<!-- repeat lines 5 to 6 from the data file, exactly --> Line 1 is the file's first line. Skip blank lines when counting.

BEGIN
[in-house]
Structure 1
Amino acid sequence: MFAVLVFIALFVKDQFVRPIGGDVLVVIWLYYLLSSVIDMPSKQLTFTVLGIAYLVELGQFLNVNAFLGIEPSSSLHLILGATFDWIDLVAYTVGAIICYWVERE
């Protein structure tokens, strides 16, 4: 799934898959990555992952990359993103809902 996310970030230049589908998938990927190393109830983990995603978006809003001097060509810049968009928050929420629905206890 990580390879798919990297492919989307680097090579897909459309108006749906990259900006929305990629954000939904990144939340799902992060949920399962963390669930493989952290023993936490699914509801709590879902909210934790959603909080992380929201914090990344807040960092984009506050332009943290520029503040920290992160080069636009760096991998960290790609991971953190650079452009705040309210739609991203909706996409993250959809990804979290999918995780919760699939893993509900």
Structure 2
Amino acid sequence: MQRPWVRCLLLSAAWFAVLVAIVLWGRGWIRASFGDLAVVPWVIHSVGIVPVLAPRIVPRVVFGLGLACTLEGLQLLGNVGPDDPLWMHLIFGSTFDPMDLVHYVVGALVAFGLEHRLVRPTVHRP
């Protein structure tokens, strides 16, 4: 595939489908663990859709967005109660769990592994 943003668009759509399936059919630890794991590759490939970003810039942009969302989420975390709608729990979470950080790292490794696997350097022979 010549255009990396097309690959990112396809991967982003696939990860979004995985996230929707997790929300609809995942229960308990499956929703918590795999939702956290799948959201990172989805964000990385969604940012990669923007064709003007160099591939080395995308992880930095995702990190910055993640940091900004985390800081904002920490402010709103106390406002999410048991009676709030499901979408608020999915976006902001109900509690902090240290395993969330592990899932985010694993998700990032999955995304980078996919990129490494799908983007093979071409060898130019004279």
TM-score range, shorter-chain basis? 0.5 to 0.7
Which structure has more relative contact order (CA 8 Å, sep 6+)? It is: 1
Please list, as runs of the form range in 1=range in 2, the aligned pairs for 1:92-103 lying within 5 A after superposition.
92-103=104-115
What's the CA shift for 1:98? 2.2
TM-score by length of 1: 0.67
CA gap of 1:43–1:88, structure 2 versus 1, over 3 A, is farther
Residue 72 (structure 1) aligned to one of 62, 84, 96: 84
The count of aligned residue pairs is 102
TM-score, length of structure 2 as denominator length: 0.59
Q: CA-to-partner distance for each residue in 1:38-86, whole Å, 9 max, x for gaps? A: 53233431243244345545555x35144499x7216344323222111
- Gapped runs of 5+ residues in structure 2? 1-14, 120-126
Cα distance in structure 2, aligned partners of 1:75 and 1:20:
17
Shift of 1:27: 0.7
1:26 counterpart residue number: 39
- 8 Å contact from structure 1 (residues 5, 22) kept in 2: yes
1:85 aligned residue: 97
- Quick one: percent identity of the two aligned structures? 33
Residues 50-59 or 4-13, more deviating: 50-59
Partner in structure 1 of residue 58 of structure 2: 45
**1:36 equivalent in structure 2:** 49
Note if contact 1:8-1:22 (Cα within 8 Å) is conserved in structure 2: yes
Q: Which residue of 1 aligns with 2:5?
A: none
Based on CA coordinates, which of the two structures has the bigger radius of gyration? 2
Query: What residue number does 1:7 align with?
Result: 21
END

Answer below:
Structure 2
Amino acid sequence: MQRPWVRCLLLSAAWFAVLVAIVLWGRGWIRASFGDLAVVPWVIHSVGIVPVLAPRIVPRVVFGLGLACTLEGLQLLGNVGPDDPLWMHLIFGSTFDPMDLVHYVVGALVAFGLEHRLVRPTVHRP